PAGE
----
Cornell University & Scan Studio

History

Cornell University Library dates back to the founding year of the university in 1865, and is based on the collection principles of Andrew Dickson White, who founded the university together with Ezra Cornell and was a lifelong book collector. In his opinion, extensive collections of primary sources are essential for research and teaching.

One of the leading academic research libraries in the United States, Cornell University Library promotes a culture of broad inquiry with its world-class holdings, expert staff, and cutting-edge services. Comprehensive electronic and print resources, including rare and unique manuscripts, support the full range of scholarly endeavor. Connections with partner institutions widen access to specialized material, facilitate international research and learning opportunities, and fuel the pace of innovation.

The Library’s commitment to the production, dissemination, and preservation of knowledge drives it to the forefront of digital scholarship and open-access advocacy. Librarians’ expertise in innovative tools and technology equips students to succeed in a digital society, and enhances all facets of teaching and learning at Cornell.

The Cornell University Library covers a wide range of topics. Their “Rare and Manuscript Collections” is a great source of historic information with more than 500,000 volumes and 70 million manuscripts, photographs, and other artifacts.

Challenge: Access

Central to the work of Cornell University Library is the concept of open access to scientific information. Therefore, the Library sees the digitization of its library holdings as a necessary task, which aligns with its continuing mission to increase access to its vast archives. Responsible for its continued digitization is the Digital Consulting and Production Services (DCAPS) Digital Media”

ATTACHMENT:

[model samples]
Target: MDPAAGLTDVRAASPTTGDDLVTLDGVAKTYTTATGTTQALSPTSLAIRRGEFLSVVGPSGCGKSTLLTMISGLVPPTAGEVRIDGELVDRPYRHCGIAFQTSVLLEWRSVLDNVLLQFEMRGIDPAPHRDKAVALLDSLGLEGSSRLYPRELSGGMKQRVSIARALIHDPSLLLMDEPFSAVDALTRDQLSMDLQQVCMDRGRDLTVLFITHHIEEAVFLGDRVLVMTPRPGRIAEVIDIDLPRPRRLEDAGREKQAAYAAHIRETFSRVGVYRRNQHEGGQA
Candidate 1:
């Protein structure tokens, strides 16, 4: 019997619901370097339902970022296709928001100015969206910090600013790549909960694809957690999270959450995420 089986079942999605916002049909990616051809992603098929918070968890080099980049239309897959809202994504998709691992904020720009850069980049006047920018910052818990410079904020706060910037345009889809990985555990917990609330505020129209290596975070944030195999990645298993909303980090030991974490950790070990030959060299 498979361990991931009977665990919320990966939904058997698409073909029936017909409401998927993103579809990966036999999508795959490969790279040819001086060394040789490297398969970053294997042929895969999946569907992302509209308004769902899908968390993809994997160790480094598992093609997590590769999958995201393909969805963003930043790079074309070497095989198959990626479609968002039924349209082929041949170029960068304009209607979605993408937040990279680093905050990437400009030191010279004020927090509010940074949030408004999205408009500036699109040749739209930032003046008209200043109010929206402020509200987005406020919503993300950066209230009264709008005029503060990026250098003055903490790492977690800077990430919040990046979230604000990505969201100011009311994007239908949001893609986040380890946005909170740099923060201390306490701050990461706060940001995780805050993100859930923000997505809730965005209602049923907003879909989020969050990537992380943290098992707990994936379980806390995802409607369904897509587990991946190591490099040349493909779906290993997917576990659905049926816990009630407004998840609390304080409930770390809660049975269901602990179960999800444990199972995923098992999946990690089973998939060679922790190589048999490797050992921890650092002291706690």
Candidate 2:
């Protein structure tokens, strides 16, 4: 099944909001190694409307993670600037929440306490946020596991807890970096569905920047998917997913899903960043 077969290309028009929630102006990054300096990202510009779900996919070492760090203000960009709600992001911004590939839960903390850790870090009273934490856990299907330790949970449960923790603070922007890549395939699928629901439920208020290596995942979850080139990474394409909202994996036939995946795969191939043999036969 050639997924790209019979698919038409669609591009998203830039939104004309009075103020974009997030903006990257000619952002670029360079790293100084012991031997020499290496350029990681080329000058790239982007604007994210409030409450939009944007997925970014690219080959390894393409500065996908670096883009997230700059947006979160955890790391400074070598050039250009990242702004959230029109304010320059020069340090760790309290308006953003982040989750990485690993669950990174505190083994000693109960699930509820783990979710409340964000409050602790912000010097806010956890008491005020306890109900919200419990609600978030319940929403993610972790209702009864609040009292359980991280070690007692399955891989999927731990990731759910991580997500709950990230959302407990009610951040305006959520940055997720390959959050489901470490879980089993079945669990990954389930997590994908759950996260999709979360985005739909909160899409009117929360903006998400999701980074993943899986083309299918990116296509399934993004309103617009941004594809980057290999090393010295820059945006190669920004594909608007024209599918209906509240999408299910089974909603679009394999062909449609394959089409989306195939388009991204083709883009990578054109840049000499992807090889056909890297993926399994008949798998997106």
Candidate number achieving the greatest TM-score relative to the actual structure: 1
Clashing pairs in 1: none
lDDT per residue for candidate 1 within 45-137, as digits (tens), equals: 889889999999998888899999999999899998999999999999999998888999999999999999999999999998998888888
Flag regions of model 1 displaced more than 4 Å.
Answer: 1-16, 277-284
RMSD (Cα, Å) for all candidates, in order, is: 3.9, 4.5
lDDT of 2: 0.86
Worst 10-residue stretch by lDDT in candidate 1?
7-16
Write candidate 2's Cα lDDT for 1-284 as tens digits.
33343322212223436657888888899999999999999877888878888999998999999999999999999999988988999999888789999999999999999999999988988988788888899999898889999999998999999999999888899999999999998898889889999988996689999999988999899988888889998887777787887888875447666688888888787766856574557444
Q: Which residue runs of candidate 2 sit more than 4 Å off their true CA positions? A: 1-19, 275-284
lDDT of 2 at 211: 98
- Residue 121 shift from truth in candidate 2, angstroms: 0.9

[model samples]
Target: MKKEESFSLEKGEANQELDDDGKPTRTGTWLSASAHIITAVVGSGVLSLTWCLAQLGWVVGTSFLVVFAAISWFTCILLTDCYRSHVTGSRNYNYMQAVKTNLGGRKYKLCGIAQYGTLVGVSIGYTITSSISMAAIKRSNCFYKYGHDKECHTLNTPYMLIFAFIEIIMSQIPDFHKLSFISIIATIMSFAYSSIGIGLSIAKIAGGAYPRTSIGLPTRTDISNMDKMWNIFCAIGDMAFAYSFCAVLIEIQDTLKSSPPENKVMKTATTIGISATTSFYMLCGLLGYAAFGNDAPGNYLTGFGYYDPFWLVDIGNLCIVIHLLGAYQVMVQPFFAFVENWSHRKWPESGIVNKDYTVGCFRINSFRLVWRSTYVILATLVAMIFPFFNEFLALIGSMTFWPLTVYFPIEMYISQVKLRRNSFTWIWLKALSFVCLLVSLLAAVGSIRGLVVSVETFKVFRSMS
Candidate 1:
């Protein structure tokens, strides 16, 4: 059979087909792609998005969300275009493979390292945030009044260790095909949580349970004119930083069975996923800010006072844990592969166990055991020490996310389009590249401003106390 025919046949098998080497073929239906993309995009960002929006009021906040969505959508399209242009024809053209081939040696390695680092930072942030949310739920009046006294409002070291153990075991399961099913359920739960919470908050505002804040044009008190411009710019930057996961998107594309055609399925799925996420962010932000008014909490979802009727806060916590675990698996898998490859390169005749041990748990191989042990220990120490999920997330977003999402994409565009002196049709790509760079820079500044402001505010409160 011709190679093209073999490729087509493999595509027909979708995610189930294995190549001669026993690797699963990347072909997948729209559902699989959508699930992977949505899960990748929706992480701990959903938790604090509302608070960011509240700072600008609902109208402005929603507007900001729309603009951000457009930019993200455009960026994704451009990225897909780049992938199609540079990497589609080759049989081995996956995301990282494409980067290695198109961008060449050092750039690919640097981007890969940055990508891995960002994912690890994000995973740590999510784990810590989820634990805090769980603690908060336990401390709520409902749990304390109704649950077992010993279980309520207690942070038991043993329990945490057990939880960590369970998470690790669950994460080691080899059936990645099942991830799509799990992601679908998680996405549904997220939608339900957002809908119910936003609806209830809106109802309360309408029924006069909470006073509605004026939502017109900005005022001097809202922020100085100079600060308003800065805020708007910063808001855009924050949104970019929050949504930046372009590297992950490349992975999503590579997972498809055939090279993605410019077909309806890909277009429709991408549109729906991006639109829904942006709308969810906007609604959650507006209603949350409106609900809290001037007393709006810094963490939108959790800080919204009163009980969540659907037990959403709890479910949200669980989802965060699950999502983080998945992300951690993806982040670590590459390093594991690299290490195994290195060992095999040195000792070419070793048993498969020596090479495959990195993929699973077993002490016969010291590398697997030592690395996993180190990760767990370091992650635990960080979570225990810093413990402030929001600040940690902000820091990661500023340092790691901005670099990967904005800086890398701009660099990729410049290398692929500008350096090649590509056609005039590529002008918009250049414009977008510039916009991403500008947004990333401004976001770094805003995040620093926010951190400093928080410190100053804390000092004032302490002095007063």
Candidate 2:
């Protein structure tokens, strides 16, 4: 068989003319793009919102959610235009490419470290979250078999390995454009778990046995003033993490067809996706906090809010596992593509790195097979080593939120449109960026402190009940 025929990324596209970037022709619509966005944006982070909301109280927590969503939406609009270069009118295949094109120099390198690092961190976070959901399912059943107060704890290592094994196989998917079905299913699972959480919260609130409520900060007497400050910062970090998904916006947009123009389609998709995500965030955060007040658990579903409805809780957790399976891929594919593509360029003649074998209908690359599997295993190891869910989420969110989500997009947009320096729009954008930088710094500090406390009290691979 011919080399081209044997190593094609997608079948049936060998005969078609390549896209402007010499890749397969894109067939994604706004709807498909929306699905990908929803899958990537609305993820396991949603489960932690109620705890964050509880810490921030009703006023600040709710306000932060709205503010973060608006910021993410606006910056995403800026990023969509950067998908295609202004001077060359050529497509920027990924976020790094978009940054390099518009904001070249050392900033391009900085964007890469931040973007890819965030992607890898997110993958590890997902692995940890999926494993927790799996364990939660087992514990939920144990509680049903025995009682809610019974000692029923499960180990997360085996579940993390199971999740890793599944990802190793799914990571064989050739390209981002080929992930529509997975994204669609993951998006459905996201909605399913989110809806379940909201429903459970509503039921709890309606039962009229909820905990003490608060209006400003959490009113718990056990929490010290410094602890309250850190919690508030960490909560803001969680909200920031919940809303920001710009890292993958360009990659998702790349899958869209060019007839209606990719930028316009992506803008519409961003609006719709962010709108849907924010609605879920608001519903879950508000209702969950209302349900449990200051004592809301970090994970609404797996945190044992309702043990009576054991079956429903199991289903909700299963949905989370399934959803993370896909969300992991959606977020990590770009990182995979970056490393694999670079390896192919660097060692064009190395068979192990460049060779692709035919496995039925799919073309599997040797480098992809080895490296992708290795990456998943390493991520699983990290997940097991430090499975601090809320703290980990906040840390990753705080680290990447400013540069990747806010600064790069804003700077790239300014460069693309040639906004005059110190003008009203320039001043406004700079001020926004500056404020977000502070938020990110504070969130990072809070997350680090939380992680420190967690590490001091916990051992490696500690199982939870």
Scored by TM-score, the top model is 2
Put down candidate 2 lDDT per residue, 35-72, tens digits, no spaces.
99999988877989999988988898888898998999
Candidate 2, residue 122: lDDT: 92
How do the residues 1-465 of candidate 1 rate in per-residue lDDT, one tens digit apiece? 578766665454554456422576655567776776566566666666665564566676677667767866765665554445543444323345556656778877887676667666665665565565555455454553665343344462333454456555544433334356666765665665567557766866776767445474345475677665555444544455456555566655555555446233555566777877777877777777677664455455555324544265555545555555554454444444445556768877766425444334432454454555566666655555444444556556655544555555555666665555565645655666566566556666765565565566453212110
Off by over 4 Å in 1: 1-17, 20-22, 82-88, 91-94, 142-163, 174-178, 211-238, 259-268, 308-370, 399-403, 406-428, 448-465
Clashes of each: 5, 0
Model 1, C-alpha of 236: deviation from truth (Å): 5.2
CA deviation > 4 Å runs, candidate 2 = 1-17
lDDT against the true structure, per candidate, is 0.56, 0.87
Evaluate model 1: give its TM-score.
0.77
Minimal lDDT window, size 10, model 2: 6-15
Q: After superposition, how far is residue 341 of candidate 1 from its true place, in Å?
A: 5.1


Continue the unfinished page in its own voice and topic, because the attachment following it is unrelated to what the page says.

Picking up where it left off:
DCAPS offers digitization support for a wide range of material types, with a focus on rare and often fragile documents and books. Services range from high-end scanning to metadata capture to online delivery.

Challenge: Quality and Efficiency

The open access concept requires our valued service standards, superior image quality, and an exceptional degree of process efficiency.

To meet these requirements, the Digital Media Group uses “state-of-the-art” equipment. The service provider was looking for a new scanning solution to digitize bound documents. “We were satisfied with the existing book scanner, but it showed–during the last projects–its age, and we saw the time had come to replace it with a new device,” explains Simon Ingall, Visual Resources Collections Coordinator, Digital Media Group.

This process allowed us to further optimize the quality of the scans with a more efficient, speedier scanning process. “We are aligning our digitization work with the Federal Agencies Digital Guidelines Initiative (FADGI) guideline. We strive for the highest quality level FADGI 4-stars,” reports Simon Ingall.

The Solution